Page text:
The ALJ also relied on "evidence of exaggeration found by both Dr. Kimelman and Dr. Mandell, especially in the difference between recumbent and sitting straight leg raising[.]" (See id. at 28.) In fact, as Anderson correctly notes, Dr. Kimelman found no difference between Anderson's recumbent and sitting straight leg raising. (See Tr. at 378, 382.) Although both Dr. Mandell and Dr. Trauner did find significant differences between recumbent and straight leg raising, (see id. at 371, 417), the ALJ did not discuss the discrepancy between Dr. Kimelman's findings on this point, and the findings of Dr. Mandell and Dr. Trauner. All three physicians are examining physicians. "[L]ike the opinion of a treating doctor, the opinion of an examining doctor, even if contradicted by another doctor, can only be rejected for specific and legitimate reasons that are supported by substantial evidence in the record." See Lester, 81 F.3d at 830-31. As the ALJ did not address the discrepancies in the results of the examining physicians' leg-raising tests, he failed to provide specific reasons for rejecting Dr. Kimelman's results, which did not show any exaggeration by Anderson.

  Accordingly, for all of the reasons discussed above, the Court finds that, although Dr. Kimelman's conclusions could be the basis for a finding that Anderson could perform Page 16 light work, the ALJ did not adequately explain his reasons for choosing among the conclusions of the examining physicians.

  D. Remand

  The Court has found that the ALJ failed to adequately explain his reasons for rejecting Dr. Morse's conclusions as to work restrictions and Anderson's testimony with respect to the extent and effect of his pain, and for choosing among the opinions of the examining physicians.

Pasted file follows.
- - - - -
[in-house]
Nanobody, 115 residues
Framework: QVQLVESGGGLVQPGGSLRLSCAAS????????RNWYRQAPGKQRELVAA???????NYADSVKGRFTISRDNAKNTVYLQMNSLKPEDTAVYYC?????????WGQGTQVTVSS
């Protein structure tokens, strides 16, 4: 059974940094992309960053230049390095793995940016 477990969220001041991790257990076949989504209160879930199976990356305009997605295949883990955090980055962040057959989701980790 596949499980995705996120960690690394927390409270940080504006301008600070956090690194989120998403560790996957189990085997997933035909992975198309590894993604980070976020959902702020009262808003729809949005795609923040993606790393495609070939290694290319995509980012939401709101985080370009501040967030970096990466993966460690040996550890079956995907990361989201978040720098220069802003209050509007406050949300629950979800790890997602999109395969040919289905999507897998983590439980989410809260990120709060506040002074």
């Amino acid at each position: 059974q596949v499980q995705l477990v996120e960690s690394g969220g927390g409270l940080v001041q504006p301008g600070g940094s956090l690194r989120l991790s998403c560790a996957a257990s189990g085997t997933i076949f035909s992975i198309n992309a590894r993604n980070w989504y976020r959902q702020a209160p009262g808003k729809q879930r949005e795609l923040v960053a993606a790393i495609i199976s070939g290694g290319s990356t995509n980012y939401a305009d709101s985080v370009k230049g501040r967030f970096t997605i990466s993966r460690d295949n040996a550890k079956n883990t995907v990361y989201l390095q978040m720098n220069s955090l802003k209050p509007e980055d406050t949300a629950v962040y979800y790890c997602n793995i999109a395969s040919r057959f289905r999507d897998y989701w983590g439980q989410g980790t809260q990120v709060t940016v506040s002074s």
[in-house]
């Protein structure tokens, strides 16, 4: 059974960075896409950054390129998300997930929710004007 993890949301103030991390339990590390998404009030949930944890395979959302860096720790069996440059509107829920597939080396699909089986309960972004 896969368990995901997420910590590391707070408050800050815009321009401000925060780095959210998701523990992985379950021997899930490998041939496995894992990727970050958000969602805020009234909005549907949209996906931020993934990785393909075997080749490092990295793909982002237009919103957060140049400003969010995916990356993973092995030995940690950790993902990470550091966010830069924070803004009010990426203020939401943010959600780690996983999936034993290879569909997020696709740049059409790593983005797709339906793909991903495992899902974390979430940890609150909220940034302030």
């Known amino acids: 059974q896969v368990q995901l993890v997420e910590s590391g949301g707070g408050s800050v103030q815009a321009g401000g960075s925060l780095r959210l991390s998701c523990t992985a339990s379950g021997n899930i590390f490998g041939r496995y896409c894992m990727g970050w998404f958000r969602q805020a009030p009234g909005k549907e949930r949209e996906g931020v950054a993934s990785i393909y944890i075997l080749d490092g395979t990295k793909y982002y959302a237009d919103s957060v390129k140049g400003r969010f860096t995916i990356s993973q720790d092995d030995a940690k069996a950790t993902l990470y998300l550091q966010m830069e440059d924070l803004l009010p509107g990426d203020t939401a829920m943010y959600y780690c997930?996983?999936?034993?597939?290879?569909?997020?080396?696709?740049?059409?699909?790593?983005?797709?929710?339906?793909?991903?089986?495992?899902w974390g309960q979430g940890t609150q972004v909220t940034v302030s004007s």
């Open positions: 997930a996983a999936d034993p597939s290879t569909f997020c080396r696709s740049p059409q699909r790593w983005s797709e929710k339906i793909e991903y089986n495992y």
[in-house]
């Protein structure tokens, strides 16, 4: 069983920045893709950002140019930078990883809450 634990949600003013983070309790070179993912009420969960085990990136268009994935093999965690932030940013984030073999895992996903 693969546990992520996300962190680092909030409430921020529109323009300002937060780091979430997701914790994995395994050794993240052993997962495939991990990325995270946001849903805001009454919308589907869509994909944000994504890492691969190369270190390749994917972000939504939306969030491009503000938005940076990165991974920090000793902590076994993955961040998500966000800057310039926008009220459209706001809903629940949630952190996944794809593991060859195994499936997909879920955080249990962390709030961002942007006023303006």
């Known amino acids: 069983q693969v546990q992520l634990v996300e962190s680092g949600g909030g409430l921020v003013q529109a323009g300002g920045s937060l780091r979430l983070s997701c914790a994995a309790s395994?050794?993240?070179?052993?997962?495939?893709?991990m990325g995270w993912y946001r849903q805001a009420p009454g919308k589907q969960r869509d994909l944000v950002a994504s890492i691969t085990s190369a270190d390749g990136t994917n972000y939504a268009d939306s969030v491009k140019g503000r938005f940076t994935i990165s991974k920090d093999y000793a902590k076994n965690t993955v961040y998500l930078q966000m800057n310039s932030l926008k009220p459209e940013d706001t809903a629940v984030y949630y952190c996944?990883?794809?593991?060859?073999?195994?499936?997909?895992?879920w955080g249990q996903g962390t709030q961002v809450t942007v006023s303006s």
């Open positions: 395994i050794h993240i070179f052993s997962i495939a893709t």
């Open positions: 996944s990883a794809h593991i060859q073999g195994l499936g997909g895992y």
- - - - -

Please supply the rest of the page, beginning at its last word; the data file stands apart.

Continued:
Where the ALJ has improperly rejected relevant evidence, some courts have declined to "remand solely to allow the ALJ to make specific findings" regarding that evidence; rather, such courts have credited the improperly rejected evidence as true and remanded solely for an award of benefits. See Lester, 81 F.3d at 834 (internal quotation and citation omitted); see also Smolen, 80 F.3d at 1292 (holding court may remand for award of benefits "where the record has been fully developed and where further administrative proceedings would serve no useful purpose"). Other courts, however, are "not convinced that the `crediting as true' doctrine is mandatory in the Ninth Circuit." See Connett v. Barnhart, 340 F.3d 871, 876 (9th Cir. 2003) (discussing cases; remanding for reconsideration of claimant's pain testimony); see also Bunnell v. Barnhart, 336 F.3d 1112, 1115-16 (9th Cir. 2003) (remanding for reconsideration where, inter alia, ALJ tailed to provide adequate reasons for rejecting the opinion of the treating physicians" and "did not properly reject [the claimant's] subjective complaints").